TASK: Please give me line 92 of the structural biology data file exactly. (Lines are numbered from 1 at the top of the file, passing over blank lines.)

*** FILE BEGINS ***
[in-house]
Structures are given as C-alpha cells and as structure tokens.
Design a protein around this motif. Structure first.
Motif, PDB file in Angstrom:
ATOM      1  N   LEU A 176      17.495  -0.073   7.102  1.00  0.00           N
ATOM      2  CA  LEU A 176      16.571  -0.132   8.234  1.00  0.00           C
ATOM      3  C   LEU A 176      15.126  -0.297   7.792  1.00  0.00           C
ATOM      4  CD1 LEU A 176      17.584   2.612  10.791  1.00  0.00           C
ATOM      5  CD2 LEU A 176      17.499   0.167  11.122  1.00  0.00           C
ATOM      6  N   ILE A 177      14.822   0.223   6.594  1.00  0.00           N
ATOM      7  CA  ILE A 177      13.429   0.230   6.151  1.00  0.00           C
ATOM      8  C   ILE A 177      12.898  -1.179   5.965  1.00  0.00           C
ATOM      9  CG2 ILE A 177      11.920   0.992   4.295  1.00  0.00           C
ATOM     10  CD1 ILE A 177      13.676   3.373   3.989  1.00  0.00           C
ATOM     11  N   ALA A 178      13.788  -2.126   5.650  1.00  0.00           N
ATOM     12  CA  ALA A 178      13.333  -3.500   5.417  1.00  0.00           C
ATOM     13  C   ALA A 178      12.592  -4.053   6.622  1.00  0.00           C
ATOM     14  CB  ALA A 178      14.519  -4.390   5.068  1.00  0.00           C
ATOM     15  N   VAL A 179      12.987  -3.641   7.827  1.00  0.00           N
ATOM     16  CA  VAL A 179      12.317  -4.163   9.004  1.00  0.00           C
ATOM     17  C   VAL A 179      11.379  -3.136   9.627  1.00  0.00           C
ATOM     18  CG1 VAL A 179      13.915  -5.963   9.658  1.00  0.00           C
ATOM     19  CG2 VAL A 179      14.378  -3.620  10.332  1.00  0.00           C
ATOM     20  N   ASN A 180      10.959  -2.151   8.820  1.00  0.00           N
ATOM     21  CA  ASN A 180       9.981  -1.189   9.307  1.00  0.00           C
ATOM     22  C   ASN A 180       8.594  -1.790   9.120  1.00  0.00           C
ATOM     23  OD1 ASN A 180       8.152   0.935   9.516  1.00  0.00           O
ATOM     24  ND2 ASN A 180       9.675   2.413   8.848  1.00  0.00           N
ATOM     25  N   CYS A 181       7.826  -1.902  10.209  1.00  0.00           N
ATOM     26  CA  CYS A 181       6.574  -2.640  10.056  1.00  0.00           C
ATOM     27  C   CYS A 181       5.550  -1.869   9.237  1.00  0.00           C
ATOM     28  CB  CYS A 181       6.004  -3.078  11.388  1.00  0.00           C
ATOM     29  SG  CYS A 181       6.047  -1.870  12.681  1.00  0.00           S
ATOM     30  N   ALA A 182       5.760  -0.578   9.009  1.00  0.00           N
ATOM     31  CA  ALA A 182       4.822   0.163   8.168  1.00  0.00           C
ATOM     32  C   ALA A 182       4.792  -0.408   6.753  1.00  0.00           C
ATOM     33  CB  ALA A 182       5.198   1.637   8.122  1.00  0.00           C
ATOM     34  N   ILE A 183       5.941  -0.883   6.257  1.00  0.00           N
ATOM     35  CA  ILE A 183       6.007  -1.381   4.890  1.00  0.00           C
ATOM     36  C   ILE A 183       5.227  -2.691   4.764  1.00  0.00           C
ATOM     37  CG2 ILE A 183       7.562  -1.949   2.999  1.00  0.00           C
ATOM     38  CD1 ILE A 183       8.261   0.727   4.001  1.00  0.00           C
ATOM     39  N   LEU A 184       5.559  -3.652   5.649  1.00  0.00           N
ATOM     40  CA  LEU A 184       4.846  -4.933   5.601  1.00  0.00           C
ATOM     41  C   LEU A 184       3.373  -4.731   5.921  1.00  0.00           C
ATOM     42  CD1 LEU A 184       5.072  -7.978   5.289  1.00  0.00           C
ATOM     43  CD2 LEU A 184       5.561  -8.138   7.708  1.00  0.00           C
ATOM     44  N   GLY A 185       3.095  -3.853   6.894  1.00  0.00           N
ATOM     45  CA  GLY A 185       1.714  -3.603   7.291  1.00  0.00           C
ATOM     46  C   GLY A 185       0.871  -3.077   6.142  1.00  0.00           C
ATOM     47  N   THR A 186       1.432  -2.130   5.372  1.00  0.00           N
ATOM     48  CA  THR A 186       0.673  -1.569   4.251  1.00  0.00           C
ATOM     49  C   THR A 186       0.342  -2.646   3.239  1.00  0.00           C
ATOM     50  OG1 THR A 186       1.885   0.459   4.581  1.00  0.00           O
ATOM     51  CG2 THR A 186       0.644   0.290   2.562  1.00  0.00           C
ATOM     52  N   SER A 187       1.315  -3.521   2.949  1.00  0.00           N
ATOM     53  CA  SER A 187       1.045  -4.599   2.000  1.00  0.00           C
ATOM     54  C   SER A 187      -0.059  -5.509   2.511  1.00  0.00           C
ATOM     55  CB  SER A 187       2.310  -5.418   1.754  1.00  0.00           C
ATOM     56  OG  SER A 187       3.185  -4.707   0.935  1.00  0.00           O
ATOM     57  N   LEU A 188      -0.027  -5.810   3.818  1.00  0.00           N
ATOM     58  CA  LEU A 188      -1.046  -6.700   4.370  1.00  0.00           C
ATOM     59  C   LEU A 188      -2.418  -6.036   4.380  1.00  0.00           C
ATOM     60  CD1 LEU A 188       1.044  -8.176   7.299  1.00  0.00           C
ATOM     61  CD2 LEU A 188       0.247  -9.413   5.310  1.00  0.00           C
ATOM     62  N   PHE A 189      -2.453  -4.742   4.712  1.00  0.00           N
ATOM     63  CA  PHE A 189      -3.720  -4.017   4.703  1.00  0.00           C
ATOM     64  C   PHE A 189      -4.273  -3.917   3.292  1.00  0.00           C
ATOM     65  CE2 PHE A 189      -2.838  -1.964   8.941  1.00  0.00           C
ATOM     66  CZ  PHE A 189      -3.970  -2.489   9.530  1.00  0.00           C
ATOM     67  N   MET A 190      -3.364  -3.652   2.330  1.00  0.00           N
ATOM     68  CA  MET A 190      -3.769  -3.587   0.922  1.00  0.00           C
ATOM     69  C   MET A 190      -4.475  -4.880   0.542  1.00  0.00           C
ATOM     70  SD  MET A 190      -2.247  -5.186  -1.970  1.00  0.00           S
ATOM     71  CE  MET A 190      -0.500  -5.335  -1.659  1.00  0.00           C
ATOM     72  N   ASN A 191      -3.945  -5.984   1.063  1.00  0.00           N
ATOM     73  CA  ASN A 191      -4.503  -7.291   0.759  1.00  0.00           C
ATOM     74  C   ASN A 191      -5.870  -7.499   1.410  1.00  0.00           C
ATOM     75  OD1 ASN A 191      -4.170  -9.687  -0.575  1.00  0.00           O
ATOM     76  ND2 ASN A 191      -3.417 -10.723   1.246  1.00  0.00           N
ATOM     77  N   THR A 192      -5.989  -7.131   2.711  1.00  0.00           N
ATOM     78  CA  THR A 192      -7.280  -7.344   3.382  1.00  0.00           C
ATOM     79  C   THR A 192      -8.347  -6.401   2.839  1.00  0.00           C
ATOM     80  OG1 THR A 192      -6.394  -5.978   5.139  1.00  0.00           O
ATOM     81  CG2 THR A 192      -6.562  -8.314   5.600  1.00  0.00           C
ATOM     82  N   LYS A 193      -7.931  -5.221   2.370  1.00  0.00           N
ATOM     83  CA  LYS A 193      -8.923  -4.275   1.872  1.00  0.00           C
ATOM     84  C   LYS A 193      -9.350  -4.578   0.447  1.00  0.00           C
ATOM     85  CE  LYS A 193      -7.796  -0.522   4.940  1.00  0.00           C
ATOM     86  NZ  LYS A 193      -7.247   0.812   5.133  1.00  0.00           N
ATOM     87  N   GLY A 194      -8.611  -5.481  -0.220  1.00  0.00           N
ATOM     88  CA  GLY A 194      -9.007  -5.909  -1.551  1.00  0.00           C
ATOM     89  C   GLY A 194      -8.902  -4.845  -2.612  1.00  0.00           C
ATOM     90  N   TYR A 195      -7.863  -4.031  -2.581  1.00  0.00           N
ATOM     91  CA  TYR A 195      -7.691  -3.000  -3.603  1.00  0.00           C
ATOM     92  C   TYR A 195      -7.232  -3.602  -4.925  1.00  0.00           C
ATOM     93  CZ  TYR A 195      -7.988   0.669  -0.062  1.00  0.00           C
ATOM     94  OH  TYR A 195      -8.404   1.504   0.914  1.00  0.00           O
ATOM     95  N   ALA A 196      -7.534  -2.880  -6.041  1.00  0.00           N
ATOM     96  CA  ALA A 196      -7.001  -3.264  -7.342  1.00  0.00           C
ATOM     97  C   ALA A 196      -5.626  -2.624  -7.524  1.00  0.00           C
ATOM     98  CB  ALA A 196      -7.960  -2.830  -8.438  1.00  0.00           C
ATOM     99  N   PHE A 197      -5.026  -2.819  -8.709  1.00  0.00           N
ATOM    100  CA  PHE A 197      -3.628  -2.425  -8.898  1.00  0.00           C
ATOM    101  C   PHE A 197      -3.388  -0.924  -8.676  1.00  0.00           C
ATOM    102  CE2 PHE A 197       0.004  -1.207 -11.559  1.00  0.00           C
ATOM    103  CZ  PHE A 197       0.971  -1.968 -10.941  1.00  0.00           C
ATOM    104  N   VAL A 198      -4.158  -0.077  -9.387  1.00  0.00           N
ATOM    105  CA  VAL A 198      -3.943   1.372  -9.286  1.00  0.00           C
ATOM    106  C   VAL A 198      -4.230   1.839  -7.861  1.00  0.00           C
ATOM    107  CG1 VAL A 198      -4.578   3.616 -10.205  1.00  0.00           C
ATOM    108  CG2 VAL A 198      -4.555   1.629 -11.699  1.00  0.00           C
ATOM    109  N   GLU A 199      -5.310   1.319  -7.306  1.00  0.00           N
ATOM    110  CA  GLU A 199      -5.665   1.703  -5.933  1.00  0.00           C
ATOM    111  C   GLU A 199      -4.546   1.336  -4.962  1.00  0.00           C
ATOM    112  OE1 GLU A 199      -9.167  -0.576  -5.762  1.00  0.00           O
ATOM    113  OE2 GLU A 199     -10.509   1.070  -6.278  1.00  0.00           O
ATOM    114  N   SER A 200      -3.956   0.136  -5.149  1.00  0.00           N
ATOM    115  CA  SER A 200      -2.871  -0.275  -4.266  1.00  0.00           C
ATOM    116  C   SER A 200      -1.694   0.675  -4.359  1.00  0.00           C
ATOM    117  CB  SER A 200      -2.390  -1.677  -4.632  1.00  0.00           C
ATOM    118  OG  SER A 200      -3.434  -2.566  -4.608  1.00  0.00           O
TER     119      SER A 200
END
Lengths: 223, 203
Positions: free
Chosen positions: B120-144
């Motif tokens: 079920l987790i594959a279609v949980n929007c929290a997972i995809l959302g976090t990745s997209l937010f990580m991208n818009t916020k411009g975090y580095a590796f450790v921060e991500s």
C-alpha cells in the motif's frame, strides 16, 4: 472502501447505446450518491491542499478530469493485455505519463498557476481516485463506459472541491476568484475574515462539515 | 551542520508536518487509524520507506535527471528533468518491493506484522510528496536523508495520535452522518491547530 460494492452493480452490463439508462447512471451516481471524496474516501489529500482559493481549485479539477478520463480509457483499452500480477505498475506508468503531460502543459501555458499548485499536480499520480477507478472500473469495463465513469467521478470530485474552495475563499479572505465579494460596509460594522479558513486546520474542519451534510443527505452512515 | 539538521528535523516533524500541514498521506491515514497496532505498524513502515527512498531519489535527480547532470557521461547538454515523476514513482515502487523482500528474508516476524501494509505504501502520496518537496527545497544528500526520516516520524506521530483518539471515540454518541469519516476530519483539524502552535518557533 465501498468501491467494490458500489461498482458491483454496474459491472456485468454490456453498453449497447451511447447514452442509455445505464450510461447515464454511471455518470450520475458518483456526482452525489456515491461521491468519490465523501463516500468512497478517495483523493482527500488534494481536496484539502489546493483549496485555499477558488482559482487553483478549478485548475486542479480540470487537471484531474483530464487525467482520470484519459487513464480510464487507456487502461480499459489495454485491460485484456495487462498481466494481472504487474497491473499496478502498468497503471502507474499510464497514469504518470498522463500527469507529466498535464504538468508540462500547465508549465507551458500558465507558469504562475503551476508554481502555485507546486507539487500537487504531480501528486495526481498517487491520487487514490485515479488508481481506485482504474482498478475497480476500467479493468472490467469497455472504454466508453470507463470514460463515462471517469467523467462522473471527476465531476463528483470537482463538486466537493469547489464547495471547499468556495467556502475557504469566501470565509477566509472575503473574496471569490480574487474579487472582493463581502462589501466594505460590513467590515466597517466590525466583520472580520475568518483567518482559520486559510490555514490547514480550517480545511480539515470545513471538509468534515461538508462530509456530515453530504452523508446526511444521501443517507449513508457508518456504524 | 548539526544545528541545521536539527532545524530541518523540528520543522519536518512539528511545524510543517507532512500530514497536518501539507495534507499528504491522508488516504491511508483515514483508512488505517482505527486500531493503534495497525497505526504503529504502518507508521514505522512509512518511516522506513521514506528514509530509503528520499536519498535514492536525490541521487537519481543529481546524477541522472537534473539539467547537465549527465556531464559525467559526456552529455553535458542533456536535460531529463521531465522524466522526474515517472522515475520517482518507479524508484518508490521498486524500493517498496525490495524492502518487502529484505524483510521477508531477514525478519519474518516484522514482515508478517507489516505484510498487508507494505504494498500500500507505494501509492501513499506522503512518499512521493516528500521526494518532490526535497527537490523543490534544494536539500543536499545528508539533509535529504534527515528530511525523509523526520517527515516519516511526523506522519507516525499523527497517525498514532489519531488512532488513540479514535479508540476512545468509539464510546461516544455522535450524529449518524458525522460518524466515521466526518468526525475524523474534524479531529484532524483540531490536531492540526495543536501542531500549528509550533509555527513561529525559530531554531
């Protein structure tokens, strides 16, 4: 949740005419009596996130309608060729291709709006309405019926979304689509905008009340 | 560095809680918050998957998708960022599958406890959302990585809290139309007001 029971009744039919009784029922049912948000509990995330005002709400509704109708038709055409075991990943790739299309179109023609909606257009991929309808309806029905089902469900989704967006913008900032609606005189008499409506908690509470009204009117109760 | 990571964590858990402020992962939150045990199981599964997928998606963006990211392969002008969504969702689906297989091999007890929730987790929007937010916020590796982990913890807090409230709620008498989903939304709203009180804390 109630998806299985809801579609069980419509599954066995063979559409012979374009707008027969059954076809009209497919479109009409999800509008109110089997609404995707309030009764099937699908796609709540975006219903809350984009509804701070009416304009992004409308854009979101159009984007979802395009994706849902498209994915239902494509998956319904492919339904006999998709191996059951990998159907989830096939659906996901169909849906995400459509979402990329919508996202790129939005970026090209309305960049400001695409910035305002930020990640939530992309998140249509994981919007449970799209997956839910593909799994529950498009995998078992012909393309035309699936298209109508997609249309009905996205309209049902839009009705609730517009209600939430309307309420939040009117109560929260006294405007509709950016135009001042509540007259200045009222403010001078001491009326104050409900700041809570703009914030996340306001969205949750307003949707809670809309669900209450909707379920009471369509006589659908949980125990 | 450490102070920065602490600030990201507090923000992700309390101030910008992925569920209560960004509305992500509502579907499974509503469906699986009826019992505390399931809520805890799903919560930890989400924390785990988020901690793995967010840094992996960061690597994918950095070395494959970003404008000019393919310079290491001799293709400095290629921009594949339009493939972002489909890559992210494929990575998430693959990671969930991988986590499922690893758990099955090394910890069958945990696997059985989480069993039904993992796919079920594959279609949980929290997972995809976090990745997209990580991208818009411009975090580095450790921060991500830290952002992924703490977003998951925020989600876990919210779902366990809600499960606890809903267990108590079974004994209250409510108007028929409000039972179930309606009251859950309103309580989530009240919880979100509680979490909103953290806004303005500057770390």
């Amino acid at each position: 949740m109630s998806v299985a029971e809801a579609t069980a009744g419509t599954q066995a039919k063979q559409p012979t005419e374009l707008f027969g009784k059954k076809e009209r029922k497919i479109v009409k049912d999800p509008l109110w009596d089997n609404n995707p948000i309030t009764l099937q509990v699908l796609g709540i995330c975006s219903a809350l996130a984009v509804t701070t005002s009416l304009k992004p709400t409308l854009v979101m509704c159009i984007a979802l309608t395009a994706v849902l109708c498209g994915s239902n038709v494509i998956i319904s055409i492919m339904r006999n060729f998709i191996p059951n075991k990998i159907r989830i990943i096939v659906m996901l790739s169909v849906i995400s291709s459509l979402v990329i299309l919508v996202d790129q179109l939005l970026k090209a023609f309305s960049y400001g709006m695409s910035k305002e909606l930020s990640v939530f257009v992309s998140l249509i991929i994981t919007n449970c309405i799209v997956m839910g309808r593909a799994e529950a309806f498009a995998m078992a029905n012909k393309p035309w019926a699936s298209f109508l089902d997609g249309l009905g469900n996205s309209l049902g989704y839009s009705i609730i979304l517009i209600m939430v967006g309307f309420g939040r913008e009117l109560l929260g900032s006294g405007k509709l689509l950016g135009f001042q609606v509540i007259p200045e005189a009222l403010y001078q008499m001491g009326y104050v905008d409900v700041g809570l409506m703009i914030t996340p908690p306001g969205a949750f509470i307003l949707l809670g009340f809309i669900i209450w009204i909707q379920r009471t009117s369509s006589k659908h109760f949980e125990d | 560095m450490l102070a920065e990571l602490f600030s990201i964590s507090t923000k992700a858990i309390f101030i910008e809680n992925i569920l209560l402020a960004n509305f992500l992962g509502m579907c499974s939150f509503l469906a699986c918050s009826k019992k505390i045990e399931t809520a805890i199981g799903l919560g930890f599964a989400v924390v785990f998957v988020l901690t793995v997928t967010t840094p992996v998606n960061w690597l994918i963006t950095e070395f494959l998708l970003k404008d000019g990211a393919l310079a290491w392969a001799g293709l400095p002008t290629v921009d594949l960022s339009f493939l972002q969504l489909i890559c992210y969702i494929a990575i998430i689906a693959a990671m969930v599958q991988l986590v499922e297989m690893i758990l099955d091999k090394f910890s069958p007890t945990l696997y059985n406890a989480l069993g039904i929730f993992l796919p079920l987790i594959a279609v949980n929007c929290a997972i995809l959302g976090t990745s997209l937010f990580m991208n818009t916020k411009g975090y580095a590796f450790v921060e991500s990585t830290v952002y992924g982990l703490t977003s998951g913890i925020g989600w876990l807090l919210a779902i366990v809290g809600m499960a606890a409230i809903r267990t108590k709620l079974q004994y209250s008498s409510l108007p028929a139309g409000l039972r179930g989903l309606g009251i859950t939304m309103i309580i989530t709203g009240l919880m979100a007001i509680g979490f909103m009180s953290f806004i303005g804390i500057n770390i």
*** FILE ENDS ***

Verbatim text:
ATOM     88  CA  GLY A 194      -9.007  -5.909  -1.551  1.00  0.00           C